Daytonians huddled around Deeds Carillon on Christmas Eve 1941, reeling from the recent news of Pearl Harbor. While the first Deeds Carillon concert was slated for Easter Sunday 1942, Dayton’s newest landmark made a much-needed early debut. Seventeen days after the attack on Pearl Harbor the mighty bells made their public premiere tolling Christmas music.

“‘Peace on earth, good will to men’ were a reality in Dayton on Christmas Eve and Christmas Day as varied groups joined in the Yuletide rejoicing,” wrote the Dayton Daily News in its Dec. 25, 1941, edition under the headline “Dayton Hears Carillon In First Program.”

Towering 151 feet, with 57 bells, the limestone carillon was as much a work of art as it was a musical instrument. The surrounding grounds were designed by the Olmsted Brothers, the famed landscape architects responsible for Central Park; the carillon itself designed by Reinhard & Hofmeister, the same firm responsible for Rockefeller Center. And like New York’s iconic Rockefeller Center Christmas Tree, which debuted in 1931 during the depths of the Great Depression, Deeds Carillon was a hallmark of hope during the harrowing 1941 holiday season.

But Deeds Carillon isn’t the only Gem City symbol historically aligned with Rockefeller Center. For years, the NCR Christmas tree also channeled the spirit of the Rockefeller tree—two symbols of holiday cheer at the heart of decisive American cities.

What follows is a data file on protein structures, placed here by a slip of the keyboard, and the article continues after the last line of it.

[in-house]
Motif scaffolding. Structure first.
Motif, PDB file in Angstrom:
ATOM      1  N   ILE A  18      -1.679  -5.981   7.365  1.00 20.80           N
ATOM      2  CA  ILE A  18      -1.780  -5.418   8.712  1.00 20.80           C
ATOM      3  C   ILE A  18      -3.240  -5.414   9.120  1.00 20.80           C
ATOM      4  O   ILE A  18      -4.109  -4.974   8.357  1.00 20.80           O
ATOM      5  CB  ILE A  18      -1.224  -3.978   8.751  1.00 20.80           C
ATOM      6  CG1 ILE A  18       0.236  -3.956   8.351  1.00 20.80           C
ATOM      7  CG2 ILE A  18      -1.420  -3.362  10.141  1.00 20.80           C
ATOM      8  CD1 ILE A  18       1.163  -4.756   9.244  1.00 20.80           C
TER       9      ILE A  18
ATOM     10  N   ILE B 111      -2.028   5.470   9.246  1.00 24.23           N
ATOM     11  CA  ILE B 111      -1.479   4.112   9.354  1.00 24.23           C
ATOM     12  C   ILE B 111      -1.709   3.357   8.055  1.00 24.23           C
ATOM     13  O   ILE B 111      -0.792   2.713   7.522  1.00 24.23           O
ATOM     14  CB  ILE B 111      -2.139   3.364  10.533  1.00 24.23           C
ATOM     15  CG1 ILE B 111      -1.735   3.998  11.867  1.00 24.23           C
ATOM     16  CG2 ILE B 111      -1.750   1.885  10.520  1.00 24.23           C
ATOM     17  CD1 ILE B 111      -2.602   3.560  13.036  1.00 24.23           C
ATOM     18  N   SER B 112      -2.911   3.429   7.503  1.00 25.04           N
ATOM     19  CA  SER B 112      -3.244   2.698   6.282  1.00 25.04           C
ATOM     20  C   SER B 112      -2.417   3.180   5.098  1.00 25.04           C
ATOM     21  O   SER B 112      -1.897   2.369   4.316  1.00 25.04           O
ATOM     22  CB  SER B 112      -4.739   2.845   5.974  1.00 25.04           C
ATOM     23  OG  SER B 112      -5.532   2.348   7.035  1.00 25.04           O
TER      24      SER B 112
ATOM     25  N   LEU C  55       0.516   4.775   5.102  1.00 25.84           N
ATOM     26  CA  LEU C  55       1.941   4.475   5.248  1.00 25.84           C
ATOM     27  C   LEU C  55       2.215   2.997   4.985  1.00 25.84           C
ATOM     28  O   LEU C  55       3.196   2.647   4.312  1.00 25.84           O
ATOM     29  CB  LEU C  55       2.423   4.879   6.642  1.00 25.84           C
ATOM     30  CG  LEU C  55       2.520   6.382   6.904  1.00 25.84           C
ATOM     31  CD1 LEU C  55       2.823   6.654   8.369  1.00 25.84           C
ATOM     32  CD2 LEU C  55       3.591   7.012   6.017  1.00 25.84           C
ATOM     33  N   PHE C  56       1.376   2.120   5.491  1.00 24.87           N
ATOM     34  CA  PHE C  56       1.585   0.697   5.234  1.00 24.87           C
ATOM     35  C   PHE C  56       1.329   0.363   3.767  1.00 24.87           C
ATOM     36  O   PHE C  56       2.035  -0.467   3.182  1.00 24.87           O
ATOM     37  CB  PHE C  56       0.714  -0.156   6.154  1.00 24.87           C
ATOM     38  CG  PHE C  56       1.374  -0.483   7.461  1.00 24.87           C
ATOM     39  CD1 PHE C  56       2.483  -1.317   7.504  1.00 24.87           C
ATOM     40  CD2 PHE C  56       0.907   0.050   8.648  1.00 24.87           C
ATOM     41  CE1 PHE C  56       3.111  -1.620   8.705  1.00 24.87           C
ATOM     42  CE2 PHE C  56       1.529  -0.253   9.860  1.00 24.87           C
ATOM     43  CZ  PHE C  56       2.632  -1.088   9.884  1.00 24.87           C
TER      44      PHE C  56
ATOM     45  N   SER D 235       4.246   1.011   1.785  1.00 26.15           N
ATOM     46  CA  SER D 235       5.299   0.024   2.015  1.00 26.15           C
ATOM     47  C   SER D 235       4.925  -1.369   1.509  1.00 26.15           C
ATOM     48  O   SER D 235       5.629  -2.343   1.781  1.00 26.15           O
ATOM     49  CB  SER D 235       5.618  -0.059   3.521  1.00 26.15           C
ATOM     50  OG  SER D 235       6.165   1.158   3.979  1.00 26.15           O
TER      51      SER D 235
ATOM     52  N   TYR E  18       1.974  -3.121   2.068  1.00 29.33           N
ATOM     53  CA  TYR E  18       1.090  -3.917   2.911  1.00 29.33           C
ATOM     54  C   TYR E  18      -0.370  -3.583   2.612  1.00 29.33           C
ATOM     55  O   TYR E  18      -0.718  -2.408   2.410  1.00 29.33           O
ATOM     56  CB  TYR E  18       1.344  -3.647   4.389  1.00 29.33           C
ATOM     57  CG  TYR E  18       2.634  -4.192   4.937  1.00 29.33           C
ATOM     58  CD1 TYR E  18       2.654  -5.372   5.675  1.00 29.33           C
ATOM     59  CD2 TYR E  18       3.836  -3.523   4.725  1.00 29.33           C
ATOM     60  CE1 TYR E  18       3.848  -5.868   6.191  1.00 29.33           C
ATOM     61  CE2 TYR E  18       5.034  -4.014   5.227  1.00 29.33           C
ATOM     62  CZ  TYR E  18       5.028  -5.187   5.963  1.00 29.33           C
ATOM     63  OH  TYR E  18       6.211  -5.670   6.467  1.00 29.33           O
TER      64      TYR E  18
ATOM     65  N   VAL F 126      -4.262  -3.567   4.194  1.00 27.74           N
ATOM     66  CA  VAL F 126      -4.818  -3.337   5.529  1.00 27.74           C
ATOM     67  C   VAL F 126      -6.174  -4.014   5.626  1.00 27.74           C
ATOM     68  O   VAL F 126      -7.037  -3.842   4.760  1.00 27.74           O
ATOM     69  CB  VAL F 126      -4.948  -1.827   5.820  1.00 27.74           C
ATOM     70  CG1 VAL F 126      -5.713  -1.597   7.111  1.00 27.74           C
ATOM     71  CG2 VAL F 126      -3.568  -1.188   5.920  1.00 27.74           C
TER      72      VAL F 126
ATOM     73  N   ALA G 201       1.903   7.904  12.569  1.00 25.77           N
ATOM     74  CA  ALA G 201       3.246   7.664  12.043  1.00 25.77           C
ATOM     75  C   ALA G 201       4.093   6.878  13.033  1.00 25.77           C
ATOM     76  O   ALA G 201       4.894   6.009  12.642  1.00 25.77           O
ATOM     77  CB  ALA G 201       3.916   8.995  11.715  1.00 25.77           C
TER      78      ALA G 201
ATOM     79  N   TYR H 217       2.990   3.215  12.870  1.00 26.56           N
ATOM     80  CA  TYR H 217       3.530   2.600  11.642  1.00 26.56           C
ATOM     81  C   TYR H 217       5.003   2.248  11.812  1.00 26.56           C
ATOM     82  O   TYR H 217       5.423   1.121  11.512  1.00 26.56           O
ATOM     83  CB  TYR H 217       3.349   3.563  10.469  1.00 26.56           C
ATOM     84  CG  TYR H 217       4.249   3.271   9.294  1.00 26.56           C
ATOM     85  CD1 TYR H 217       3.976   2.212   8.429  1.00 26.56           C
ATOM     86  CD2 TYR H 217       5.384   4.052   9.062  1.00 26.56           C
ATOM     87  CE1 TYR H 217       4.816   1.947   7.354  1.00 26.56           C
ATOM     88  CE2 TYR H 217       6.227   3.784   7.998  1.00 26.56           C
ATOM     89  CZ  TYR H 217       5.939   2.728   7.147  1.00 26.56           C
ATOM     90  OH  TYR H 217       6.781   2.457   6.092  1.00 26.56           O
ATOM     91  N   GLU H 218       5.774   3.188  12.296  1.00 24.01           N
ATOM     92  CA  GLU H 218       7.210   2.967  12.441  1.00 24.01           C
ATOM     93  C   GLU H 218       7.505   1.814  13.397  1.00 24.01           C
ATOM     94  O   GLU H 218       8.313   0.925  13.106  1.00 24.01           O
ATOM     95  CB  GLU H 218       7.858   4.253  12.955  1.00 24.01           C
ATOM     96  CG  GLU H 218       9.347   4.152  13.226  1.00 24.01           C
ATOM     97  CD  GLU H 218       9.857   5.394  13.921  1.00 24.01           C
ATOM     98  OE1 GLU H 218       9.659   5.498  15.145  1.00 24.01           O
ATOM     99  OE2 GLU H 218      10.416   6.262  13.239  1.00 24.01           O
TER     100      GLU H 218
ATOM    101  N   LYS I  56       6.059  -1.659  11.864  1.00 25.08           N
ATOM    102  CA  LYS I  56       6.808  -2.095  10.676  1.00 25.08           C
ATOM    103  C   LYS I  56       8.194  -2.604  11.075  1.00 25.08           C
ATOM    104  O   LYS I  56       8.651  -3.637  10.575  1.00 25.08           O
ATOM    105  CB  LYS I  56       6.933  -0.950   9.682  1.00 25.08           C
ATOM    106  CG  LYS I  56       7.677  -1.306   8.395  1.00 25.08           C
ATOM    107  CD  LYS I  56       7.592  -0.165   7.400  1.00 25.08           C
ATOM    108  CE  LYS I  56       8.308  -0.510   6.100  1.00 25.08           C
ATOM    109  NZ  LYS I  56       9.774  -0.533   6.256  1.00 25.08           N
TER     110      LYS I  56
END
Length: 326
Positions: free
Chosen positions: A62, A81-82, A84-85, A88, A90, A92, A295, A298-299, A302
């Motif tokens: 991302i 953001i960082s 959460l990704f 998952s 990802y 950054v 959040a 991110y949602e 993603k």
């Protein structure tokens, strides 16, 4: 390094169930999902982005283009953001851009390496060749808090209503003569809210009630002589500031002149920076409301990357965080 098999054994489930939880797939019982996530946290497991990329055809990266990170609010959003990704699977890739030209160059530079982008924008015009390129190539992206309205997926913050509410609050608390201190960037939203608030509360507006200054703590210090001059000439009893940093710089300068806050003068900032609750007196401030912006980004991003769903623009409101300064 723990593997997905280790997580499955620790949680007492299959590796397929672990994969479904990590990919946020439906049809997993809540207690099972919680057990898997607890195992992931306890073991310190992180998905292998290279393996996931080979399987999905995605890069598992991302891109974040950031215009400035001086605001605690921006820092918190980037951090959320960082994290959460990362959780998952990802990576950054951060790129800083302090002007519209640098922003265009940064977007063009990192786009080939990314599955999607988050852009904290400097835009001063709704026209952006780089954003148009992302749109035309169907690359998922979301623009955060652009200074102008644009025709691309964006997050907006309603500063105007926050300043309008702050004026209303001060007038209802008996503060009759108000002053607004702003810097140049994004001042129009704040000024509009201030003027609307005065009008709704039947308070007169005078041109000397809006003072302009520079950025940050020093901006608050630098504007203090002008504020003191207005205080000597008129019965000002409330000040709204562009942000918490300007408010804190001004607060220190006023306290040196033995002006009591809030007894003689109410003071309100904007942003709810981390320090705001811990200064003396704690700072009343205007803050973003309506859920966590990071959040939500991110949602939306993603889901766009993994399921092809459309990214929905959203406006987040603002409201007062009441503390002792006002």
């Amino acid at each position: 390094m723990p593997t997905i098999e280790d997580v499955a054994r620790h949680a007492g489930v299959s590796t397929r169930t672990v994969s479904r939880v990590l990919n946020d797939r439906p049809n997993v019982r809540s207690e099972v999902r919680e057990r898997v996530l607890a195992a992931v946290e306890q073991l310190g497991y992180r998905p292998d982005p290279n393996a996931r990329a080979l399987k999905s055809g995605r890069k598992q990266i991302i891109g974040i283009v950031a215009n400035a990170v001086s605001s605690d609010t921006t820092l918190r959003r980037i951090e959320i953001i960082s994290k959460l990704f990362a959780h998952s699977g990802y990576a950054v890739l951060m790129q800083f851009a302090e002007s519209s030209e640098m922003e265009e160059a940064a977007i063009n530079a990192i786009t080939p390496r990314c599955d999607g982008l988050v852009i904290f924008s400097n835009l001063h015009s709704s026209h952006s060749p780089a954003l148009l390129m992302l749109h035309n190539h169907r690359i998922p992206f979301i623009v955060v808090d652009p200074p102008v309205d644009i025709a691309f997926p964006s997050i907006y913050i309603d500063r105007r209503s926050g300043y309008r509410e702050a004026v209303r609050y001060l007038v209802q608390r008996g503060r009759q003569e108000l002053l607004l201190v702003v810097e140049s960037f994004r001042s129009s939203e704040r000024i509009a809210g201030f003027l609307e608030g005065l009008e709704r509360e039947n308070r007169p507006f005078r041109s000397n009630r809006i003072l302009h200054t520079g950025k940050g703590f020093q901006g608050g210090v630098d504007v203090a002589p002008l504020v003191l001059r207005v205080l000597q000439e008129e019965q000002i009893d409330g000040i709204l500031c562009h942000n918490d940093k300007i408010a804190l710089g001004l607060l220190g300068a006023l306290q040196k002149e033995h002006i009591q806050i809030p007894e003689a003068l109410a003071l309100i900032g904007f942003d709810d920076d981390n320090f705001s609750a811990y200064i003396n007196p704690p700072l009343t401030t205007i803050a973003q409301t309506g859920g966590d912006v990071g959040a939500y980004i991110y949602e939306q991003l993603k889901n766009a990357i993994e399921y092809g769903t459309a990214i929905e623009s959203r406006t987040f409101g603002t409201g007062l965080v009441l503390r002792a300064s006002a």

Situated at NCR world headquarters (Building 10 on South Main Street), the tree’s thousands of lights shimmered in the December night, and like Rockefeller Center, NCR searched far and wide for the perfect tree. The NCR Factory News detailed the process in its December 1956 edition: “It was not until over 150 miles of territory had been closely covered that a tree was found … This tree, which was finally located in south-central Ohio, is a magnificent evergreen whose perfect trunk soars 45 feet into the air … The tree had grown on this spot for more than 40 years.”

The NCR carpenter and paint shop then adorned the 1956 tree with over 3,000 lights. From “the bottom of the trunk to the top of the star,” it stood approximately 50 feet tall. 

Since that time, myriad new Dayton traditions have replaced the NCR tree. It’s been 77 years since that debut 1941 Deeds Carillon Christmas concert, and the bell tower has been transformed from a figurative beacon of light into an actual beacon of light. As the centerpiece of A Carillon Christmas, Carillon Historical Park’s month-long holiday celebration, Deeds Carillon has been recast as the breathtaking Carillon Tree of Light. Towering upward of 200 feet, the electrifying Dayton holiday symbol is four times the size of the NCR tree and features nearly seven times the lights (over 20,000 total).

On Dec. 7, in remembrance of the attack on Pearl Harbor, Carillon Historical Park’s award-winning carillonneur, Larry Weinstein, will play a commemorative concert at 10 a.m. And on Nov. 28, at 6 p.m., the Carillon Tree of Light will illuminate the Dayton skyline for the first time during the kickoff to A Carillon Christmas.

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